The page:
Anne Steele, Broughton, to Mary Wakeford, Andover, undated.
In my return home not expecting much entertainment in the conversation of my fellow Traveller nor the variety of the scene my tho’ts were employd in reflecting on occurrences at Andover & happening to fix on the chatt about y.e expected visitors I fell into a sort of poetic reverie when some invisible benevolent Companion, whether one of M.r Popes good naturd Sylphs had taken it into her head to furnish out an entertaining scene or one of the Pierian sisters having left the laurel shaded summit of Parnassus to taste the humble pleasures of a ramble in the sunny vale and meeting with her lowly votary vouchsaf’d the favour I am about to relate I will not determine but as either of those woud make me appear a person of consequence I’ll e’en suppose it to be a frolick of Madamoiselle Fancy who lighting from her aerial tour open’d her box of raree shows and display’d all the varyd colours of the blooming spring – tis true no other eye beheld the charming piece for Poets you know like the Bird of
freedom [Pallas?] can see beauties veil’d from vulgar eyes
Had I Reymones pencil to represent the almost breathing figures you woud think it worthy a place even in Birmingham Hall – but alas I can only send you faint description Be pleas’d then to imagine before you a Tablet about the size of your parlour Chimny piece See at the right hand verge near the lower corner begins a charming walk shaded with trees in all the bloom of vernal beauty & the ground enamell’d with daisies an easy smooth ascent this time there are a few thorns scatterd here & there but htese at first view are not seen in the upper part of the piece on the left hand the walk terminates in a majestic Temple The Front Grand & Elegant tho’ not in the modern polite taste The folding Doors wide open present you with a view of the inside decorated with all the ornaments proper to a scene of state & solemnity at the upper end an Altar spread with little pieces of parchment on each of which is inscribd in golden letters the word Liberty These I suppose are gifts presented by the votaries at the admission to the sacred Fane at the right hand of the Altar stands the Genius of the place a Grave Personage of noble mien commanding veneration yet not forbidding access, he is cloathd in a purple garment down to the feet his awful brow encircled with a coronet of Gold on which is engravd alterate the words of Joy and Care at his feet are two Cupids one with looks of smiling careless innocence sits playing with a bow and arrows, the other with features expressive of great anxiety counting on the floor a heap of golden coin In the middle approaching near the Altar Behold a Youth of composd aspect (yet on his Face you may observe
discover some little remains of a newly dissipated gloom) dress’d in a white robe which looks as lately cleansd and hardly yet boasting its native lustre, He leads a Nymph of cheerful air arrayd in spotless white her sparkling eyes bespeak a mind endued with Fortitude more than unusual in her tender Sex. This gentle pair are conducted by a female Form of more than mortal beauty her robe the brightest azure spangled with glittering Stars and on her head a wreath of ever blooming Amaranth her mien in open artless & serene a modest unaffected sweetness smiles in her lovely features, her charms still heighten on a nearer view & fix with attractive pow’r the gazing eye her left hand holds a branch of palm, her right extended presents to the genius (who seems to bend incline towards her with an indulgent smile) a scroll on which is this inscription—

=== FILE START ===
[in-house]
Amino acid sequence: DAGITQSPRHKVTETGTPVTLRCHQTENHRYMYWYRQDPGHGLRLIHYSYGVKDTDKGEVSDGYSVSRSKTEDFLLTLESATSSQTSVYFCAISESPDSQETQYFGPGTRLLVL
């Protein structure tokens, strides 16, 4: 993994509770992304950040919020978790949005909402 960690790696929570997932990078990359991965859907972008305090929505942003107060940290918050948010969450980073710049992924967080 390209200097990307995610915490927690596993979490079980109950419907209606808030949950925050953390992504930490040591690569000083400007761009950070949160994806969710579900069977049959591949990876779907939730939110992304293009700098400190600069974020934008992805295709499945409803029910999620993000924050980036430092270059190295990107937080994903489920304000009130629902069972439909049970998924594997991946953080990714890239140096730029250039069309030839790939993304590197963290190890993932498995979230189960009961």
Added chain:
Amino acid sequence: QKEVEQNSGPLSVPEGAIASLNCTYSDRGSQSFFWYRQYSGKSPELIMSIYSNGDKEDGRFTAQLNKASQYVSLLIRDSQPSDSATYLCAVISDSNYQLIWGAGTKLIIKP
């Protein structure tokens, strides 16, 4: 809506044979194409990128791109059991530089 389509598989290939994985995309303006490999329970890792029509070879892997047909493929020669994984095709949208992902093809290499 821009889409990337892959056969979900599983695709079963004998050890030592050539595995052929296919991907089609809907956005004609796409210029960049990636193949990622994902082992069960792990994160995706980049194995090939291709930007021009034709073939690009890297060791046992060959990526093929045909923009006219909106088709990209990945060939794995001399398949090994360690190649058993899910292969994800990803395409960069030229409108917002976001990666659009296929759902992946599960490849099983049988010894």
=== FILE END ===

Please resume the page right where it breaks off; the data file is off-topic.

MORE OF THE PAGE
Propitious Hymen at thy awful shrine
Behold this youthful proselite of mine
Reclaimd by Love & this engaging Fair
Presents his vows beneath my guardian care
And give the gen’rous Maid a constant friend
Confirm my dictates, then will raise their joys
To Bliss which time nor accident destroys
So conquer’d vice shall mourn her broken Chain
And Virtue fix her uncontested reign.
Now take your eyes from this scene a moment and direct them to the bottom of the piece at the left hand corner, there behold a woman frightful as the Gorgon on Minerva’s Shield leaning on a craggy Rock her right hand grasps a scourge with a treble [Cash?] of Scorpions & her left a painted Mask with which she sometimes covers her natural deformity and appears to her deluded wretched votaries a blooming beauty her horrid eyes flaming with disappointed rage are fixd on the scatter’d fragments of a net of artful texture meditating in vain to rejoin her
You will easily see the design of this shocking contrast to the rest of the piece as you know every thing appears in the strongest light when placd near its opposite and now I think you have the whole scene of my yesterdays amusement, if this whimsical effort or Fancy divert you I have my aim but don’t let any body see it except your Portius – and when you are able write to your affectionate
Text: STE 3/10/iii, Steele Collection, Angus Library, Regent's Park College, Oxford. For an annotated version of this letter, see Timothy Whelan, gen. ed., Nonconformist Women Writers, 1720-1840 (London: Pickering & Chatto, 2011), vol. 2, ed. Julia B. Griffin, pp. 329-31.